What are "ACCUMULATORS" for 1994 Mercedes-Benz E-320 Wagon suspension systems?


#1

After stupidly leaving a very heavy load on my '94 E-320 Wagon, my MB sits lower and driving bumpy roads feels like I have no shocks. I depressed them for so long that they are no longer absorbing bumps as they should – or so I thought.! I was simply going to get 4 new shocks since the coil springs are O.K. My MB mechanics say my shocks are O.K., and all I need are a set of “ACCUMULATORS” for a mere $700 +. I do not know what they are yet, but I am confused now. Can anyone educate me about what they are talking about? Thank you very much, CARL ERLENDSON ---------


#2

Good price, you have air suspension and the accumulator holds the immediate supply of pressure to make it operate better. You can’t just rely on the pump alone for pressure.


#3

Good price, you have air suspension and the accumulator holds the immediate supply of pressure to make it operate better. You can’t just rely on the pump alone for pressure.


#4

Carl, You do not have air suspension, you have conventional coil springs with rear leveling control shocks.

The rear shocks are attached to a high pressure air-over-hydraulic-fluid device called an accumulator. This is an assist spring used to help carry heavy loads at the rear. When you have a heavy load, it sinks the rear suspension down. When the leveling control system “sees” this it pumps extra hydraulic fluid into the accumulator to compress the air in the accumulator. This causes the shock to push against the wheels and raise the rear to the proper height.If the accumulators have lost their air, the system will not raise the rear nor will it ride very well since the added spring portion of the accumulator will not be able to compress.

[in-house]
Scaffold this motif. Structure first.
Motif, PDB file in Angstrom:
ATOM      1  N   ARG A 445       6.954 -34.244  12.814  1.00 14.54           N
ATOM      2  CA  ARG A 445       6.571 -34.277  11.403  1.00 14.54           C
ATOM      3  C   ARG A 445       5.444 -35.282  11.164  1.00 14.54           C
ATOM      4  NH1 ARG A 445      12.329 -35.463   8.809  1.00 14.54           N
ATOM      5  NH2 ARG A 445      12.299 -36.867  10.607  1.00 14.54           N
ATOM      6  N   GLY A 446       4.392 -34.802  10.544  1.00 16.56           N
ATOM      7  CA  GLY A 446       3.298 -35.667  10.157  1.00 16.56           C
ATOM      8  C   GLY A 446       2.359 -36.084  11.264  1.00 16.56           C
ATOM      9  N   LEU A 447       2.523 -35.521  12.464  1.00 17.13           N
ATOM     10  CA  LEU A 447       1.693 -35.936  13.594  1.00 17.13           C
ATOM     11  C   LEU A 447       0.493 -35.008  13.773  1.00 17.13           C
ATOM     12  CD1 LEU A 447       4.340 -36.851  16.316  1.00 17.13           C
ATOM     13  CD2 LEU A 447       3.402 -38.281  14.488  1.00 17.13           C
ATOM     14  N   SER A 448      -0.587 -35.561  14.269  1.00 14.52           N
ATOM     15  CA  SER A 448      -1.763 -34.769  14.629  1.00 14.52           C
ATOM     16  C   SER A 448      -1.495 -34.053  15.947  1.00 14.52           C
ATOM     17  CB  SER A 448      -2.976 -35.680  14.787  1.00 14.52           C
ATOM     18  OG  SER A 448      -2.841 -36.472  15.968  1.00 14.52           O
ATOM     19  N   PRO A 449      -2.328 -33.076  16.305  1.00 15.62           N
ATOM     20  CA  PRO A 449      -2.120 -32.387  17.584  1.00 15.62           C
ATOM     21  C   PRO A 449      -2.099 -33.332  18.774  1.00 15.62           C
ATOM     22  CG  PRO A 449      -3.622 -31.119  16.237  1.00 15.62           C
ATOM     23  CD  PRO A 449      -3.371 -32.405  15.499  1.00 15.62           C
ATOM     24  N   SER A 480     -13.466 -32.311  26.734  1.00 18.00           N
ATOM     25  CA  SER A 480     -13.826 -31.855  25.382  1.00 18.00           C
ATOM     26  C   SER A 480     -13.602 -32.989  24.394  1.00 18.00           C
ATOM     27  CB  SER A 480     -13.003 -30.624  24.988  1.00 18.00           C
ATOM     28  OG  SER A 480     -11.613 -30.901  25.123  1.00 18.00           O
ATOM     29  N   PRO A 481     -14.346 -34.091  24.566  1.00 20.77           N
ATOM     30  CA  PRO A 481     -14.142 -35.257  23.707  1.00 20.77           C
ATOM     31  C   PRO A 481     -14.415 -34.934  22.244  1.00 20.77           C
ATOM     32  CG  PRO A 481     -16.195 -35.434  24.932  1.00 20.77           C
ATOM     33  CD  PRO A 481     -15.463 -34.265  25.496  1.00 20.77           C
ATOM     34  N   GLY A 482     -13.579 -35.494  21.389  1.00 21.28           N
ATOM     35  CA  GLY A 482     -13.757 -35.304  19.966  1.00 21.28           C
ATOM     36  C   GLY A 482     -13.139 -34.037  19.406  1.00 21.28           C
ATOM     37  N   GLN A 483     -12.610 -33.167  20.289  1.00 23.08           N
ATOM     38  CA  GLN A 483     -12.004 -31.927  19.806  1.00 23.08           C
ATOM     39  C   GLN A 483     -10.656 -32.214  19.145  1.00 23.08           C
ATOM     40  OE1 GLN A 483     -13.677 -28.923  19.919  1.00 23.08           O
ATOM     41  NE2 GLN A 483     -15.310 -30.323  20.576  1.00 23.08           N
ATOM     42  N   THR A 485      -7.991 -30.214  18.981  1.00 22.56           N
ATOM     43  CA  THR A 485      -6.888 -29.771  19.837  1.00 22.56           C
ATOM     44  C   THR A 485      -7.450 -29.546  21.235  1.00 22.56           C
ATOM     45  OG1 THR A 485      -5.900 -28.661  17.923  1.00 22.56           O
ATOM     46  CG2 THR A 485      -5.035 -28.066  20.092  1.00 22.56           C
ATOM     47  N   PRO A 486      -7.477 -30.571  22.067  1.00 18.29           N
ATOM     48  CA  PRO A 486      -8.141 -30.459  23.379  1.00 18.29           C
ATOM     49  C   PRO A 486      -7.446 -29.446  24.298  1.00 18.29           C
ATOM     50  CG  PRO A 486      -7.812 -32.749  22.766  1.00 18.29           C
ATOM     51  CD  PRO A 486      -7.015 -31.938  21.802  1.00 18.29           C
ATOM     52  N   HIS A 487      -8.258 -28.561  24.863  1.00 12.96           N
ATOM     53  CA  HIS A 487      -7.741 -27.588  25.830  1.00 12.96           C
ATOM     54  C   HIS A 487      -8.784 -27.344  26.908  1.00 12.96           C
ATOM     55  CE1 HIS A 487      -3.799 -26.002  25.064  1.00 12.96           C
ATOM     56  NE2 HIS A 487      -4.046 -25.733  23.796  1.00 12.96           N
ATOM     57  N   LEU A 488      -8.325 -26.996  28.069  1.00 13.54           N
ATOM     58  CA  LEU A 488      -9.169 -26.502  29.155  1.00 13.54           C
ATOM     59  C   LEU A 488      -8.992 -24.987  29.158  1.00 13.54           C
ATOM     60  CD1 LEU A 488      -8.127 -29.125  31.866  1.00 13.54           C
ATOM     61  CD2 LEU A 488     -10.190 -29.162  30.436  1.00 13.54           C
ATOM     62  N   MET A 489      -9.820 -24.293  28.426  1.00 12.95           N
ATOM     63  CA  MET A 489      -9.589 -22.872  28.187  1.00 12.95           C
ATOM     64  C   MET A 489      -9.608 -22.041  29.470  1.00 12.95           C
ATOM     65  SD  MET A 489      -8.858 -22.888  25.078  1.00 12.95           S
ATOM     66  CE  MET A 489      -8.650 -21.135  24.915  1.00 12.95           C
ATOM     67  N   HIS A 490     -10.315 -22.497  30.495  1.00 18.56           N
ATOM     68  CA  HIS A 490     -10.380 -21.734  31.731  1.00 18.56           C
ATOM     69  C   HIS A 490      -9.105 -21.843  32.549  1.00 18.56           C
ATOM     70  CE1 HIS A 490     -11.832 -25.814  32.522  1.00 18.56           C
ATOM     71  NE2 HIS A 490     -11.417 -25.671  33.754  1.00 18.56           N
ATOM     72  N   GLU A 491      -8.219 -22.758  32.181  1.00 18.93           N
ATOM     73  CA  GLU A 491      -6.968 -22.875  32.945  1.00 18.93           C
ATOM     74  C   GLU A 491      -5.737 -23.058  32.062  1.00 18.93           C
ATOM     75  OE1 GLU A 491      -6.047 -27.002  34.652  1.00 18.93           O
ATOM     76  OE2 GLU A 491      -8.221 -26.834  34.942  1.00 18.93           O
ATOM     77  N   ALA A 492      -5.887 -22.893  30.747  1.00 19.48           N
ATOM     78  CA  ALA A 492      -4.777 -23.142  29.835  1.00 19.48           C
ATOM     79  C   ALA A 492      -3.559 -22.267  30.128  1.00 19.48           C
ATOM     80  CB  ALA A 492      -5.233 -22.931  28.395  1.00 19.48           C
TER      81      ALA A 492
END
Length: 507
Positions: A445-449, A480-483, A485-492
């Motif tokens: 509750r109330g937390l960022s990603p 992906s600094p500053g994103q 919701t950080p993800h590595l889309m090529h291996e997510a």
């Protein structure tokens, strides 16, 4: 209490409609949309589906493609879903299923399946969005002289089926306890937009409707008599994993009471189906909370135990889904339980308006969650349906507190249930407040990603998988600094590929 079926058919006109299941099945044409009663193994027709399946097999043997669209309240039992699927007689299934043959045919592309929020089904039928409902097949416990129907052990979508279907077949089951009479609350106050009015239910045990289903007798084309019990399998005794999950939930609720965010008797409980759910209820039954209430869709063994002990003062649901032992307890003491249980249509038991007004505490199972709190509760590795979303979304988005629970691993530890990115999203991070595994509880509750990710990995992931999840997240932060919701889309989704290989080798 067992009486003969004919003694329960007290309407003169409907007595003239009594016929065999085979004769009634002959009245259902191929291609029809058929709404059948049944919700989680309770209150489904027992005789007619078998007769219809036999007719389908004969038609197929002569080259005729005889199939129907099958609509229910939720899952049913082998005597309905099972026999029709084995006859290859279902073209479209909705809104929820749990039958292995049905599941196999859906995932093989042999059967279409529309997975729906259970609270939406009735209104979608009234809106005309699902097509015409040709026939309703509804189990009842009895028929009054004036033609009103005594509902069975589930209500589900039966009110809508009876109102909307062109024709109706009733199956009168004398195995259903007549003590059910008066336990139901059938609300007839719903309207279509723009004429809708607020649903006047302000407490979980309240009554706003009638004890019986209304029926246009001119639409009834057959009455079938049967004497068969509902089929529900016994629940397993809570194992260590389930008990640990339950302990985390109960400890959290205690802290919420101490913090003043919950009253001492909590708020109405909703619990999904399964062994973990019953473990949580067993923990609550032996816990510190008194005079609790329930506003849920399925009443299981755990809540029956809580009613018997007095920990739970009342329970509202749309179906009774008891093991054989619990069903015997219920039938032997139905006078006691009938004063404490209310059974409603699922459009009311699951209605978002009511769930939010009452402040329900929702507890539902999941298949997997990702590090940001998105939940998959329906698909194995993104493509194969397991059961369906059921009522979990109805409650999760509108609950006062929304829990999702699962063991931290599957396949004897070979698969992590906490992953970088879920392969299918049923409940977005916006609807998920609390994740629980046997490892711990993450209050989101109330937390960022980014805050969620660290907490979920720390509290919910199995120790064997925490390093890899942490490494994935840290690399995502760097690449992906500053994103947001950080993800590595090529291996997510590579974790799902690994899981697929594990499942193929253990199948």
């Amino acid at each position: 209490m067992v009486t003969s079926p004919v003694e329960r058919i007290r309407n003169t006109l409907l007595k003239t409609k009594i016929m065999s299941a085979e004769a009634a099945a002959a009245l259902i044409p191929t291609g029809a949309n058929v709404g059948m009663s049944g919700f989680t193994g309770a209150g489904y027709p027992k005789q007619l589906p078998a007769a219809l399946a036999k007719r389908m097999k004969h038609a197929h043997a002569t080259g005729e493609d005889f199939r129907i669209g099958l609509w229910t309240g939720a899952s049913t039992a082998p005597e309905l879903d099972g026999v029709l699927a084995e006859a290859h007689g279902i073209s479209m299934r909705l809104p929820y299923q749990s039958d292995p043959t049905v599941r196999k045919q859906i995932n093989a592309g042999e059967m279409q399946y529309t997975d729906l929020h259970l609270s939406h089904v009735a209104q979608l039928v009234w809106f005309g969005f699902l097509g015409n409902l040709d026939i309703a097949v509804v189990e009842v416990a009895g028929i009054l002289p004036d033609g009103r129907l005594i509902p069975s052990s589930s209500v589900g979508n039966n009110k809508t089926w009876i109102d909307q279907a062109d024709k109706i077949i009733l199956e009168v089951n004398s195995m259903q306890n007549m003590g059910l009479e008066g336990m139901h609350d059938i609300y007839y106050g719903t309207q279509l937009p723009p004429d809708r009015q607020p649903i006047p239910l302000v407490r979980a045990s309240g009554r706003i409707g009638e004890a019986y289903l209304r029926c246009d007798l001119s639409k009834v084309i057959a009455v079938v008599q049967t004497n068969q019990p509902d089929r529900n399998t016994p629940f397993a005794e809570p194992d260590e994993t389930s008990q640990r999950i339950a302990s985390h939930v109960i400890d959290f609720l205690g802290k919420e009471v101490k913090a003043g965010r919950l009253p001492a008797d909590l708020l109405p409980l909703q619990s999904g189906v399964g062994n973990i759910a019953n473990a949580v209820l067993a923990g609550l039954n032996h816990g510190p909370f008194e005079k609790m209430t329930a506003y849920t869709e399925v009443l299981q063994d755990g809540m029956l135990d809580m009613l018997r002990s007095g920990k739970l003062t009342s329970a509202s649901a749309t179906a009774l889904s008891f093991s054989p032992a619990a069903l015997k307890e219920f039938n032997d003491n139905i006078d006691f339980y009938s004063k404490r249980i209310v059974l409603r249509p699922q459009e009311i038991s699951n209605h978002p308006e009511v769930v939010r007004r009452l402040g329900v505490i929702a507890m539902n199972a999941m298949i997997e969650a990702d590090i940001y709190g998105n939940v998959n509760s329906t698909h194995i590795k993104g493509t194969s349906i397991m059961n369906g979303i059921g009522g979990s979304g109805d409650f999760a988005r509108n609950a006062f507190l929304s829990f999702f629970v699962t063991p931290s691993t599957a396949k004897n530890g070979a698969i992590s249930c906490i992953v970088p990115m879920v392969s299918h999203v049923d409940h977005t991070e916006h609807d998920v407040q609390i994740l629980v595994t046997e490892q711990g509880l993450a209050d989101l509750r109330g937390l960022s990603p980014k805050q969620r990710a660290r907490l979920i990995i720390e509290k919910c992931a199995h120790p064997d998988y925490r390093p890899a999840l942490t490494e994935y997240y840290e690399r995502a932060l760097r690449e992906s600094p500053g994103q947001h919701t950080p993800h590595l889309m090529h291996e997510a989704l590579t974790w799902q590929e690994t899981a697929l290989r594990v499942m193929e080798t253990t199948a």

This system is more complicated and expensive than a typical American car’s air shocks and air compressor system. Many an owner of a Mercedes or BMW has converted their car over to regular springs and shocks at the rear to avoid the very high cost of replacement parts.


#5

I’ll go against the grain here . . .

I say spend the $700 and replace the accumulators

After all, they lasted 20 years

Probably won’t hang onto the car long enough to do this job again

While you’re at it, have the mechanic inspect the front struts also . . . I would expect they’re well past their prime at this point. If in doubt, replace them and have somebody do a 4-wheel alignment

On these wagons, the rear shocks tend to last quite awhile. But the front struts wear out, just like any other car

By the way, have the mechanic also carefully check the front strut mounts.